Current research indicates that washed sperm can live 24-72 hours; however, it does lose potency after 12-24 hours. Another issue with IUI is that the sperm can keep on swimming beyond the fallopian tube, so the ideal window is really within 6-12 hours of the egg being released; with a larger margin before ovulation than after since the egg’s viability is shorter. Sperm can live up to 5 days in fertile mucus, 2-3 days being common, so combining IUI with intercourse may provide better coverage.
We advise patients to lie down on the table for 30-45 minutes after the procedure.
Most people don’t need to, but if you had cramping or don’t feel well afterward it makes sense to take rest for a day or two. We advise against any heavy work or travelling by buses, rickshaws or scooters as the bumpy ride may reduce chances of conception.
This depends on your individual situation, but it usually should not be less than 3 days and not more than 7 days in order to ensure the best motility and morphology. We advise that you have an intercourse around the 7th or 8th day of your cycle and then abstain.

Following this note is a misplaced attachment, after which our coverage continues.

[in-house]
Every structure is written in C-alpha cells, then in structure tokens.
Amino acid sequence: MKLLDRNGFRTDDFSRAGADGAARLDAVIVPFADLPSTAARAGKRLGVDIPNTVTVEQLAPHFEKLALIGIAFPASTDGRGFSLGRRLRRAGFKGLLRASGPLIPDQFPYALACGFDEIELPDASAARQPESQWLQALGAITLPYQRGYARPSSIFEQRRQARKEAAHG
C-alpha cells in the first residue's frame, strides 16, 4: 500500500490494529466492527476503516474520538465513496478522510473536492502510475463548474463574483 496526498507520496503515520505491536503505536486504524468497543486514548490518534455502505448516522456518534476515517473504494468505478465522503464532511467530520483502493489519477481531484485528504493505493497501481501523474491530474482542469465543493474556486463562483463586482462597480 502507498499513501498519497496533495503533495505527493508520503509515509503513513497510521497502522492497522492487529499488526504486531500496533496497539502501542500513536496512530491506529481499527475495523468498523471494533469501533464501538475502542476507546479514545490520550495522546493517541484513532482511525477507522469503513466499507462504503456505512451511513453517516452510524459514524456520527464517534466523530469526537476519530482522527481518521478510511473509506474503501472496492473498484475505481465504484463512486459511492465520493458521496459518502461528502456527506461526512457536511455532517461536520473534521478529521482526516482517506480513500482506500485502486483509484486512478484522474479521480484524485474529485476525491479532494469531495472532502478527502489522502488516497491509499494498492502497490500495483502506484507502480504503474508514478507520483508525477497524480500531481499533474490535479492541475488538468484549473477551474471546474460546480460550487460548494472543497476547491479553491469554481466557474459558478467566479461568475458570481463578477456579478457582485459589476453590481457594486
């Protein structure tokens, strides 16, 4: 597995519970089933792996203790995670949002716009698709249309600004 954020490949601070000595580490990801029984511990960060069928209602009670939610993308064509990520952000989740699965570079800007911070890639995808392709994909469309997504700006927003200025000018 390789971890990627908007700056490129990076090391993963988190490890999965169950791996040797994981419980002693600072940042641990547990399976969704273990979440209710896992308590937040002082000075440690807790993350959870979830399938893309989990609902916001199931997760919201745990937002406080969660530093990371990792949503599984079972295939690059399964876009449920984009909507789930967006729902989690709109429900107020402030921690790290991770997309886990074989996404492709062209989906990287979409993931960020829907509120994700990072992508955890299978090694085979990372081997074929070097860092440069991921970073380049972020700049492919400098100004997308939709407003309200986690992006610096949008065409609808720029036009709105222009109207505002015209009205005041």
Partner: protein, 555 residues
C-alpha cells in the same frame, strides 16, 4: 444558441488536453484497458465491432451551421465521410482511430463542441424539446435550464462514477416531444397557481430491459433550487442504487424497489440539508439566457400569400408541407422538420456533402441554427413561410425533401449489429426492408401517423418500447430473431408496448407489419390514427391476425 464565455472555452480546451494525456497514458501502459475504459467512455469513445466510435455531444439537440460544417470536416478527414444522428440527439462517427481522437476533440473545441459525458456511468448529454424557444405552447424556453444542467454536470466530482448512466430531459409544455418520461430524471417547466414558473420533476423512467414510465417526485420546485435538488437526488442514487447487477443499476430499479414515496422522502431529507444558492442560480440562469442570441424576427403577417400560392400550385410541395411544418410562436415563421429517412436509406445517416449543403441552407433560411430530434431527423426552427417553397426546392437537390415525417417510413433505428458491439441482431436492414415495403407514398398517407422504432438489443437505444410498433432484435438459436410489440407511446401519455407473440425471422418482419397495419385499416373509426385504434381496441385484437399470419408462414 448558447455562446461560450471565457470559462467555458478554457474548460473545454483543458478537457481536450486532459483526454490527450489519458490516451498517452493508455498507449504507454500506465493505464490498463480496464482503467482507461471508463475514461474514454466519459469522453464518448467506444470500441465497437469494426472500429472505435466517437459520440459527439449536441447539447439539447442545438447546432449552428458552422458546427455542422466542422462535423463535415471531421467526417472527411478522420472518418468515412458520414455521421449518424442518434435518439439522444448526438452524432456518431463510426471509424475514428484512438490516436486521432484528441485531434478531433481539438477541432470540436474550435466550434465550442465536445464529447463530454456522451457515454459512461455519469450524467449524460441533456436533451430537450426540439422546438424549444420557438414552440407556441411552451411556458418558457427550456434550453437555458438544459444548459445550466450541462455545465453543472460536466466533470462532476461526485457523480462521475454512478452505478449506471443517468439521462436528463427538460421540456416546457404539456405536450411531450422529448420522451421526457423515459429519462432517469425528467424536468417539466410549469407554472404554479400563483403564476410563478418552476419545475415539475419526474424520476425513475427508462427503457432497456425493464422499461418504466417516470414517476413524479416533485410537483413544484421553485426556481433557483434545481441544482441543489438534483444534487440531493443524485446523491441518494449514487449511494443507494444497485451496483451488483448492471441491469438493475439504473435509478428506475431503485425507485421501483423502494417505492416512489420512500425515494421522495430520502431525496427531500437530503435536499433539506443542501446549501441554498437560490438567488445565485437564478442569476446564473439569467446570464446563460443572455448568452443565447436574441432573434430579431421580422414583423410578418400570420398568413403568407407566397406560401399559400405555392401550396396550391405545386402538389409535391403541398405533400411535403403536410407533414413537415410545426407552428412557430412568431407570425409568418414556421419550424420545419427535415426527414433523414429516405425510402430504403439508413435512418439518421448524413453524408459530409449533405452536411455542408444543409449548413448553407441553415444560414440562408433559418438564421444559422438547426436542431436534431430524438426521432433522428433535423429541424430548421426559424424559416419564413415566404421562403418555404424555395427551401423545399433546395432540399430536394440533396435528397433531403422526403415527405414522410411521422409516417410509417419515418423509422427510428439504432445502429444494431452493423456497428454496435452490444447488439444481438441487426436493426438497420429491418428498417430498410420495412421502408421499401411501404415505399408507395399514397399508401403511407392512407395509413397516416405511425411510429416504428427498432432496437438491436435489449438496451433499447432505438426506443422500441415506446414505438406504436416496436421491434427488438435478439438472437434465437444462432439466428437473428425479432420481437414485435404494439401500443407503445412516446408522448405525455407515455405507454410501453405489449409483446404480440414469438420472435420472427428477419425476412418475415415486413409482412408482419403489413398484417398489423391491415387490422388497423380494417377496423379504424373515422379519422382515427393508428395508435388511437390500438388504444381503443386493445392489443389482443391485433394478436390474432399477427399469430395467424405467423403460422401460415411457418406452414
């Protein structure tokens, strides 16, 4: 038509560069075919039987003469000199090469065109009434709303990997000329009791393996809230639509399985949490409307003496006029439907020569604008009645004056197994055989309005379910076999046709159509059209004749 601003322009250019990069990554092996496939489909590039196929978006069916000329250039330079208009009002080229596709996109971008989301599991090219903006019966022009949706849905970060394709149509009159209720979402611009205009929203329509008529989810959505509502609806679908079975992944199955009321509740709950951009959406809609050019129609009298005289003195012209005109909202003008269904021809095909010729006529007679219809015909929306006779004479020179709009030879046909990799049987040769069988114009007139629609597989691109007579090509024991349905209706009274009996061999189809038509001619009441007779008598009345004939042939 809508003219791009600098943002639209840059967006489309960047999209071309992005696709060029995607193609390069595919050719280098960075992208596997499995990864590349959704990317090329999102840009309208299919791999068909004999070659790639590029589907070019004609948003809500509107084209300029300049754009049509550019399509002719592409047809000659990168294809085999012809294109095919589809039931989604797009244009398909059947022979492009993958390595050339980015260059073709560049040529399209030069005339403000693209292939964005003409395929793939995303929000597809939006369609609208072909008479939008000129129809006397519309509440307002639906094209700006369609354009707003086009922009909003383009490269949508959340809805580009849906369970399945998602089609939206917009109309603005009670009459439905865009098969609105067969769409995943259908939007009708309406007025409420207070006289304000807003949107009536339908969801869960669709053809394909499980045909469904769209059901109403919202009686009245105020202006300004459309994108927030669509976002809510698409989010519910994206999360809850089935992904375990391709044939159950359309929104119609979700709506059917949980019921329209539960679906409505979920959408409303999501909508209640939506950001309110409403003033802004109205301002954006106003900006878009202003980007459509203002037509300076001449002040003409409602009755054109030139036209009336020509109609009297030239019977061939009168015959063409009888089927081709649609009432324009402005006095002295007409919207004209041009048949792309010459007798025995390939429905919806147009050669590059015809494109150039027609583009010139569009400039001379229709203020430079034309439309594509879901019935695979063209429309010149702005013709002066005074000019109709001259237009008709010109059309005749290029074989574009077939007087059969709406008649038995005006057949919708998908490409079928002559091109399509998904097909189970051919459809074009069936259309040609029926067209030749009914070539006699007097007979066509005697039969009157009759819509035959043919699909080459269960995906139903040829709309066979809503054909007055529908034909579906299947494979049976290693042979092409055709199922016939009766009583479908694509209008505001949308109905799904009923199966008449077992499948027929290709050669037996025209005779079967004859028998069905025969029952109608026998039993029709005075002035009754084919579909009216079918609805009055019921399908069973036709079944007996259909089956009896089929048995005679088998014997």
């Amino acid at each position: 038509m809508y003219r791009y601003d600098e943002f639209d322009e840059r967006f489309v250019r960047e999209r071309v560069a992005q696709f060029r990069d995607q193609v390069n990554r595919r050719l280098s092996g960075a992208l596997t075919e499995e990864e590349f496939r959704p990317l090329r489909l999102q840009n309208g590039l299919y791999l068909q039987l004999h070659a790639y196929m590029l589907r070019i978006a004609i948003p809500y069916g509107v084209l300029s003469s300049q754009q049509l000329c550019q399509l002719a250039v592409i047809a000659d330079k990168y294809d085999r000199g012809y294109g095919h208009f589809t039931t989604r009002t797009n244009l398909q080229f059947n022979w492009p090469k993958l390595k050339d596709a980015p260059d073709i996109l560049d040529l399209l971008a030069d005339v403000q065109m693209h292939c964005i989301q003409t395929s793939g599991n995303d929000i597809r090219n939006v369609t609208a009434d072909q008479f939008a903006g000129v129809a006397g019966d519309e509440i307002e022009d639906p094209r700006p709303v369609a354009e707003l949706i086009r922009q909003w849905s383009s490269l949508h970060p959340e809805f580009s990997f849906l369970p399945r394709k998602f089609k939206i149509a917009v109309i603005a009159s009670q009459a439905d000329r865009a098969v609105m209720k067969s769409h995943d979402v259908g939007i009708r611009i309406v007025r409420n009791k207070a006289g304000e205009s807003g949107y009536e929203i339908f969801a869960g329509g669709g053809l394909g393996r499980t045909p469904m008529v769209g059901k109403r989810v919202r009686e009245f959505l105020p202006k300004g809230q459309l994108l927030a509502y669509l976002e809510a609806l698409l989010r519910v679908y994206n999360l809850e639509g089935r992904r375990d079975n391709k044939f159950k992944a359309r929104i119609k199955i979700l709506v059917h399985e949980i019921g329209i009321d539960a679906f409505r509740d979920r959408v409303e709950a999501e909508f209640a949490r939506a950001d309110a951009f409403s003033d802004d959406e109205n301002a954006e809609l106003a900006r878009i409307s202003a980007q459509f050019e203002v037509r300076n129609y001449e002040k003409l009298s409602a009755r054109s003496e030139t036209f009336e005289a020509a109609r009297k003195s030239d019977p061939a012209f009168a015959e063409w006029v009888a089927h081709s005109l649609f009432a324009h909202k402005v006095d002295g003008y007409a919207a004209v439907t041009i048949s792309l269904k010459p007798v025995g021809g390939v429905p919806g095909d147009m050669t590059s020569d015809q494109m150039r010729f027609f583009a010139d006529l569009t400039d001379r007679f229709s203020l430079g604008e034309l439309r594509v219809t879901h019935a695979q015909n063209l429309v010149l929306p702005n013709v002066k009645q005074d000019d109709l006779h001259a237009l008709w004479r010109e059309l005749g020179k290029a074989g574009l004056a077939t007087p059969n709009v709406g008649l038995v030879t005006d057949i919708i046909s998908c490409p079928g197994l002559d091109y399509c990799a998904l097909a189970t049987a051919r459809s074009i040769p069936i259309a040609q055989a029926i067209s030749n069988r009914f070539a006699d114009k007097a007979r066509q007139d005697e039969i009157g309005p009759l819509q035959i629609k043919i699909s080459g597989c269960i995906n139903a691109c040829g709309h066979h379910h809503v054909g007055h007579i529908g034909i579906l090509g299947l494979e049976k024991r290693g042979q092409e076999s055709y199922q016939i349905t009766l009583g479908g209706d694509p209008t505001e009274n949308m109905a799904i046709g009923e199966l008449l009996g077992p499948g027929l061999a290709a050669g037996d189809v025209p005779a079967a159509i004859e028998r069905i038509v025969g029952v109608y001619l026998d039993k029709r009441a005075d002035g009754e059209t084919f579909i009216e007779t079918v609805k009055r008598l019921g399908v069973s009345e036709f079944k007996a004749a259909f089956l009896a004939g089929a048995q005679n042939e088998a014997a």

Usually you can have intercourse any time after an IUI. We suggest waiting 48 hours to resume relations if you had any bleeding during the IUI or if a tentaculum is used.
Once the sperm is injected into the uterus, it does not fall out. There can, however, be increased wetness after the procedure because of the catheter loosening mucus in the cervix and allowing it to flow out.
According to different studies, 3-4 follicles gives one the best chance of getting pregnant, while more follicles beyond that simply increases the risk of multiples.
IUI can help patients taking only tablets containing clomiphene citrate where cervical mucus is a problem, and IUI increases the chance of success in patients on injections no matter what the sperm count. It does make sense to try IUI if you have tried but haven’t had success with intercourse. It is important to note that with intercourse, only the best and strongest sperm make it through the cervical mucus and up into the uterus and fallopian tubes. With IUI, more number and better quality of sperms are available for fertilization.
A count above one million (after sperm preparation) appears necessary for success, with a significant reduction in pregnancy rates when the inseminated is count is lower than 5-10 million (in other words, in most cases one should consider 5 million a lower limit for success, 10 million for cost-effective). Higher success rates are with washed counts over 20-30 million, while increasing counts over 50 million did not appear to offer advantage.